Avoid posting anything on social media can be found out if you lie to your boss
A recent magazine piece focused on a burgeoning, millennial start-up company and their admirably positive approach to openness and honestly in their workplace. It sounded like a really great place to be employed. There were hover boards allowed in the canteen area, work hours were totally flexible, you had the ability to speak your mind without any repercussions from management, and there was an open-plan working environment — and those were only some of the amazing job perks this enlightened company offered.
However, the company owners were also quick to make the point of how interesting it was that the company’s openness also extends to social media. The boss cited that their employees are so in tune with social media like Twitter and Facebook that they don’t always realize just how “out there” it can put you. The focus was on an employee who told the management that his grandmother had died, and the employee therefore needed to take a few days off to attend the funeral and comfort his own parents. The employer generously told him to take as much time as he needed. The gullible employee then stupidly posted on their social media that they were totally stressed out at work, and so lied to the company about needing time off.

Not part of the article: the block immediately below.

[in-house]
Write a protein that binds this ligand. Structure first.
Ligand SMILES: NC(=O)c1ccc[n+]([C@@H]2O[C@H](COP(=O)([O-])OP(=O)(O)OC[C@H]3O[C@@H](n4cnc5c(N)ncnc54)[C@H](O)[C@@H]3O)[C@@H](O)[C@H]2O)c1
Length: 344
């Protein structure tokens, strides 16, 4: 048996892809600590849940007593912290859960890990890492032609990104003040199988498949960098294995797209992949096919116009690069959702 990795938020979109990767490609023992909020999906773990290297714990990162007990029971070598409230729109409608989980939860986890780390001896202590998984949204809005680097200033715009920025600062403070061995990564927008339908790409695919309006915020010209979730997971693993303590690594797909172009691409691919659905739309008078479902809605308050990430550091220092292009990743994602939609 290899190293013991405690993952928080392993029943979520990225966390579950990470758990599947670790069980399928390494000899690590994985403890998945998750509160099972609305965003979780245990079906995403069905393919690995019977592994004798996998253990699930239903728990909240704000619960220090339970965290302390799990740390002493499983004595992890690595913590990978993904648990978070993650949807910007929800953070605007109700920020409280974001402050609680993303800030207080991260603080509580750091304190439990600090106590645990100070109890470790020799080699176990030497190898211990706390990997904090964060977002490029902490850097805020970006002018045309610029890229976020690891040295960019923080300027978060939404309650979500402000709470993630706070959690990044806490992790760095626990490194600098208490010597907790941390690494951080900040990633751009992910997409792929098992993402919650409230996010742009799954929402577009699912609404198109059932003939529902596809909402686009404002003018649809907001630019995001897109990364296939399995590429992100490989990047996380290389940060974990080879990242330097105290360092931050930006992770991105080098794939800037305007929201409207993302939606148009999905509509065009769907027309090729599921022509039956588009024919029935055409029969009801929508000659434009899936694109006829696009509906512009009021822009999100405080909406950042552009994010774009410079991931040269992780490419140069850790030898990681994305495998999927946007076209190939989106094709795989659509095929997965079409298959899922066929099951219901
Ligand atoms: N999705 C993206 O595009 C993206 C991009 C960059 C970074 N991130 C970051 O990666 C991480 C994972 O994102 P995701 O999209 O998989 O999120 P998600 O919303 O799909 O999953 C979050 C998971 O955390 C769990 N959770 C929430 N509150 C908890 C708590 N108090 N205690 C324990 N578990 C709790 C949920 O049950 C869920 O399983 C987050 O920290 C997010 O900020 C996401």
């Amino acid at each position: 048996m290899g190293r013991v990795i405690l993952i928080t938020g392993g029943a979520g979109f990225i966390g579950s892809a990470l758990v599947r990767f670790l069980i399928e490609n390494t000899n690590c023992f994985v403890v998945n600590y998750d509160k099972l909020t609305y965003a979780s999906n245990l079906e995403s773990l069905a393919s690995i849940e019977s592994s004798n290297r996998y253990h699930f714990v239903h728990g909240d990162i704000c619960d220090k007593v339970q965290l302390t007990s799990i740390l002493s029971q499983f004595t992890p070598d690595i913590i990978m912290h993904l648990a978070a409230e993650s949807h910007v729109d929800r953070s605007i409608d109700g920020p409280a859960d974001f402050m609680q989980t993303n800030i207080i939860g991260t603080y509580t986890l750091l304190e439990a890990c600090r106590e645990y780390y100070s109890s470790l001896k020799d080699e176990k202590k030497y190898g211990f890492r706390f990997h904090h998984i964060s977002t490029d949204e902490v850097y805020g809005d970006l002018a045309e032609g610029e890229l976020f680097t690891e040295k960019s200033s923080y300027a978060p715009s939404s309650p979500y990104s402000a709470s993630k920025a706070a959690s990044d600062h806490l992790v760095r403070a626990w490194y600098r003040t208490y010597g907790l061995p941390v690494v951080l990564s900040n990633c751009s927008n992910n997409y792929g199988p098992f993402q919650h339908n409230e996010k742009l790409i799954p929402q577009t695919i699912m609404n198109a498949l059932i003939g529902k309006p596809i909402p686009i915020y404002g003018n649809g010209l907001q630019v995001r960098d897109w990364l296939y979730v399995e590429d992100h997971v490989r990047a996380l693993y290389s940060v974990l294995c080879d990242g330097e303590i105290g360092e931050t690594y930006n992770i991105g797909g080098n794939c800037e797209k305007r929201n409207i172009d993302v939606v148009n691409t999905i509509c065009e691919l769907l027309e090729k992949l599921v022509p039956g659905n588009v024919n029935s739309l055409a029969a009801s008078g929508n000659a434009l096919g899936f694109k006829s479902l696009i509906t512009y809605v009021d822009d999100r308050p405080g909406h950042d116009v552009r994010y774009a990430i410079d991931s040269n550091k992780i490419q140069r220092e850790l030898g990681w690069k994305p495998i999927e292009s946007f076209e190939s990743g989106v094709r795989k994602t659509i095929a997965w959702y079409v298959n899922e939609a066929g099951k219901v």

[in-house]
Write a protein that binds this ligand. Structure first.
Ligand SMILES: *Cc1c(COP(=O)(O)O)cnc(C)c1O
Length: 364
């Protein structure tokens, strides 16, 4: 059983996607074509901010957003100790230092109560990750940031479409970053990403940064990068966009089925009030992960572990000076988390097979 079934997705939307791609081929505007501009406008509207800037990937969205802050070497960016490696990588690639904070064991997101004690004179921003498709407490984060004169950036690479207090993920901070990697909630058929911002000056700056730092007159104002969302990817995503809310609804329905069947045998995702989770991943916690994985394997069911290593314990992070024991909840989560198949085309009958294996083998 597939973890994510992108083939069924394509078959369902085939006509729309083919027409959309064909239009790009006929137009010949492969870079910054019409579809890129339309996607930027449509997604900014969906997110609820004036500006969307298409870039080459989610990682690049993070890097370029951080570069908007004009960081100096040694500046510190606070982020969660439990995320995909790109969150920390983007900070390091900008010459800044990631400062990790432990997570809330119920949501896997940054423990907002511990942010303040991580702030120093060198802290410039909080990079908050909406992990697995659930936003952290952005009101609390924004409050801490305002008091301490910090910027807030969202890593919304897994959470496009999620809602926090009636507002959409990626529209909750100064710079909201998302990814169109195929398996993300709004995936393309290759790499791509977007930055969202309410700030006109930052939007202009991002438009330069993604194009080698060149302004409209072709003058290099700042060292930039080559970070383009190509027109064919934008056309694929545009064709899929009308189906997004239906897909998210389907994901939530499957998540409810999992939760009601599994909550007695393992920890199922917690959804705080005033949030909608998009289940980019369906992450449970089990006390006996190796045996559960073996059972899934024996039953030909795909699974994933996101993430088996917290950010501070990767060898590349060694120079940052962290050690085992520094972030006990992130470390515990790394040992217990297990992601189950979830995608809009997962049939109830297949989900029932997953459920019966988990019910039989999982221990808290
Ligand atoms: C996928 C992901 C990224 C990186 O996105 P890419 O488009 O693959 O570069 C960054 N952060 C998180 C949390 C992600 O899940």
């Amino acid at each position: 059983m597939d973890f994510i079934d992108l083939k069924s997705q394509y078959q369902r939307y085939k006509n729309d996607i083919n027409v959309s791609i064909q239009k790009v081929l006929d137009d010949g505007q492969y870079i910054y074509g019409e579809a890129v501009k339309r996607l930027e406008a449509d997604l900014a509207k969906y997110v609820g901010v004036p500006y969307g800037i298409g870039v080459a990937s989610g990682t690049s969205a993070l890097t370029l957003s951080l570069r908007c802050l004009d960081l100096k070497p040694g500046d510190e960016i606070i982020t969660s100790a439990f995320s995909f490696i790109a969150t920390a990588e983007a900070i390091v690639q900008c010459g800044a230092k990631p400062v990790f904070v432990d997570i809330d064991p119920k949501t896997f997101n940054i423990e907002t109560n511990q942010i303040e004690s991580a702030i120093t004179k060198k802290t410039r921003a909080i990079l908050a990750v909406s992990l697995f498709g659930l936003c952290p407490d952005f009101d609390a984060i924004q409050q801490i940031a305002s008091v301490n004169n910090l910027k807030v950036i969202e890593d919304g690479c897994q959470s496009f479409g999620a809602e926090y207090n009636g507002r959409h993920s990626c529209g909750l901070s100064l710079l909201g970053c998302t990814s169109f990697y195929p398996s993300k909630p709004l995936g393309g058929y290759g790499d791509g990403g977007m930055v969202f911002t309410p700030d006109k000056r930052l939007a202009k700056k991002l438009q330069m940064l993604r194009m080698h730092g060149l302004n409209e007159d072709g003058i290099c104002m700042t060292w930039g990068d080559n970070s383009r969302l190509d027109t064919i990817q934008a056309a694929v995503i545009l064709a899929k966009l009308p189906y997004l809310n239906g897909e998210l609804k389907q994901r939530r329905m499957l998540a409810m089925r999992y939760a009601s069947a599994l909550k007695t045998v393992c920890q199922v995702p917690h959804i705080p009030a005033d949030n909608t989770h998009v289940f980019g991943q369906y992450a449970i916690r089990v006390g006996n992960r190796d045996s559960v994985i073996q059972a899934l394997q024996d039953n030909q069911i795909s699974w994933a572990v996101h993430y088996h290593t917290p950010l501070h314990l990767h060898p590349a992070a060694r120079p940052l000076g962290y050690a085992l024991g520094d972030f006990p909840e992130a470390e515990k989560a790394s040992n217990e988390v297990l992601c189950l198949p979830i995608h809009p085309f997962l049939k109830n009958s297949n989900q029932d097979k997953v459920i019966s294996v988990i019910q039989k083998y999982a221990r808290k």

Guess what? If you tell your employer that you need sick time, and then tweet that you actually lied to your boss, you might as well take that time off work to look for a new job… because you’re probably going to be fired. And if you are actually totally stressed out at work, then maybe your employer will recognise this and give you some time off anyway. Or maybe even lessen your workload.
It’s also worth remembering that great quote from fabled American author Mark Twain: “If you tell the truth, you don’t have to remember anything.”